What to Expect
Scientific problem solving is the basis of any cytotechnology program.
And that's why Agnes Kurek enjoyed it so much. Kurek is a graduate of a
diagnostic cytology program. She says she has always enjoyed figuring things
out, and she has also always loved the sciences. Cytotechnology was the perfect
"It's diagnostic, and you're actually dealing with human tissue," she says.
"It's always different and challenging, and you're always learning. The more
specimens you look at, the more you learn."
There weren't really any typical days, says Kurek. "It's not like a normal
school -- you do a diagnostics class first, and then you have your lectures,
and one day of the week you do a full day of microscope work."
You definitely need to be able to sit still for long periods of time. Towards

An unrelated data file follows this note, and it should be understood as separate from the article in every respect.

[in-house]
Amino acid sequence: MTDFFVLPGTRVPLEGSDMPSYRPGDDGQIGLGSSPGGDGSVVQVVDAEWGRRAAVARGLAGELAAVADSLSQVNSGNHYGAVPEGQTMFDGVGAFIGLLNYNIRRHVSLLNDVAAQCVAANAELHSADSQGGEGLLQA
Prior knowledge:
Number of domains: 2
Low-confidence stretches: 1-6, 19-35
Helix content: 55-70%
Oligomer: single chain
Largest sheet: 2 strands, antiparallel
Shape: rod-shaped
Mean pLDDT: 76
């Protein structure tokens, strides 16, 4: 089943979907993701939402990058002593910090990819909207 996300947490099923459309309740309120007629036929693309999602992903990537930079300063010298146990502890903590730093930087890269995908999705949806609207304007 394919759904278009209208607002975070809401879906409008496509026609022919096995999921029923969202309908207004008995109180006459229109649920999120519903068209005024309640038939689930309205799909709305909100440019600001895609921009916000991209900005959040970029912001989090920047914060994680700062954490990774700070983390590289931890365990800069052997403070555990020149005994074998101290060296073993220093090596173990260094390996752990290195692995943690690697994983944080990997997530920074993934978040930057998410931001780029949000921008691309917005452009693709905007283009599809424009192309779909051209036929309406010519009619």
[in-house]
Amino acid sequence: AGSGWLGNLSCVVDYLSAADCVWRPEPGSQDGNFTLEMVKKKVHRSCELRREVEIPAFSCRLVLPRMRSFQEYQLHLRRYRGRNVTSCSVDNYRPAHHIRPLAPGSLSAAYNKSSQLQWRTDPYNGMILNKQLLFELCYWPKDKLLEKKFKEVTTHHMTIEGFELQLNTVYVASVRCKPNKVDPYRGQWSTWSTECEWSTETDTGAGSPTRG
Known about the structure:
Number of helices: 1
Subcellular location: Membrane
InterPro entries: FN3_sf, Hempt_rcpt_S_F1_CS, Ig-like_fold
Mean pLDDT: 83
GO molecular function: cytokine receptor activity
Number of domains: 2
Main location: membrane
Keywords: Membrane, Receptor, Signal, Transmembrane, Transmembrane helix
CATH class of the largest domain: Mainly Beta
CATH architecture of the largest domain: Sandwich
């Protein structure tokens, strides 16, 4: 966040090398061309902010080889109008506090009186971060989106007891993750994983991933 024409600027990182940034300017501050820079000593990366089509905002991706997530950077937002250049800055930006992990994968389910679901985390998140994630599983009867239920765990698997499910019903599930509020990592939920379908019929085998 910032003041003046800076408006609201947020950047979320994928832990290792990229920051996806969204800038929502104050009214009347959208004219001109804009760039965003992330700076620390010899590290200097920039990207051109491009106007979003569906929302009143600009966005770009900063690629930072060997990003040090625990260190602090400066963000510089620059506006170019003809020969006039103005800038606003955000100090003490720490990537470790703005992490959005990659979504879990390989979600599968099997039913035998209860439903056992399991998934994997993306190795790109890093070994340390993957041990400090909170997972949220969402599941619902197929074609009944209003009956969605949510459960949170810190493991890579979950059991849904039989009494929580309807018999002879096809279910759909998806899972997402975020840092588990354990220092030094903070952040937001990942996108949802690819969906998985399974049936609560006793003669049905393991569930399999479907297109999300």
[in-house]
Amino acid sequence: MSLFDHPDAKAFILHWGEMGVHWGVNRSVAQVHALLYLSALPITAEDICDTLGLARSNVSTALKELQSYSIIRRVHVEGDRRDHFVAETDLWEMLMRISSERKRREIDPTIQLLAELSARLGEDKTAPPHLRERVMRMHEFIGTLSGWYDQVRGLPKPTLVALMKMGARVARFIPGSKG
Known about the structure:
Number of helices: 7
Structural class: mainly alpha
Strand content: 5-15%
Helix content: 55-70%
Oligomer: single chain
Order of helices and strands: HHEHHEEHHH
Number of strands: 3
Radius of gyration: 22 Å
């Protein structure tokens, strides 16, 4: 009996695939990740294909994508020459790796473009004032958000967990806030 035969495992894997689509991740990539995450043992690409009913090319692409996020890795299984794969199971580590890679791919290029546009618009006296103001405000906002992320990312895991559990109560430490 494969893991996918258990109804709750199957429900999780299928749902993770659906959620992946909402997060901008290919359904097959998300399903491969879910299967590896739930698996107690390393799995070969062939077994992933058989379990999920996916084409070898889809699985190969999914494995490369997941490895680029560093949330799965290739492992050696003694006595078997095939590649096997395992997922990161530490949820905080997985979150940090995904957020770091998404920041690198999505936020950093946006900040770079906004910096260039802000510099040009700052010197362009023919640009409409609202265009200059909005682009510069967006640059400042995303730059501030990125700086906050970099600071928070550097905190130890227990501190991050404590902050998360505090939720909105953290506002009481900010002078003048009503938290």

the end of the program, Kurek was placed in a hospital lab. "And that's where
you learn -- on the job." During this time, the student's work is scored --
it must be at least 95 percent accurate.
Homework usually consisted of assignments regarding the topics covered
in class. In anatomy class, for example, a particular homework assignment
was learning the respiratory tract from anatomy (outer structure) to physiology
(function) to cellular structure, to histology (tissues). You have to
determine which stains you will use, and you must research every step, using
your textbooks and library material.
One of the best things about the program, says Kurek, was the fact there
were only 12 people in her class. "Because it was such a small class,
they virtually guaranteed I'd have a job after graduation -- this took a lot
of the pressure off."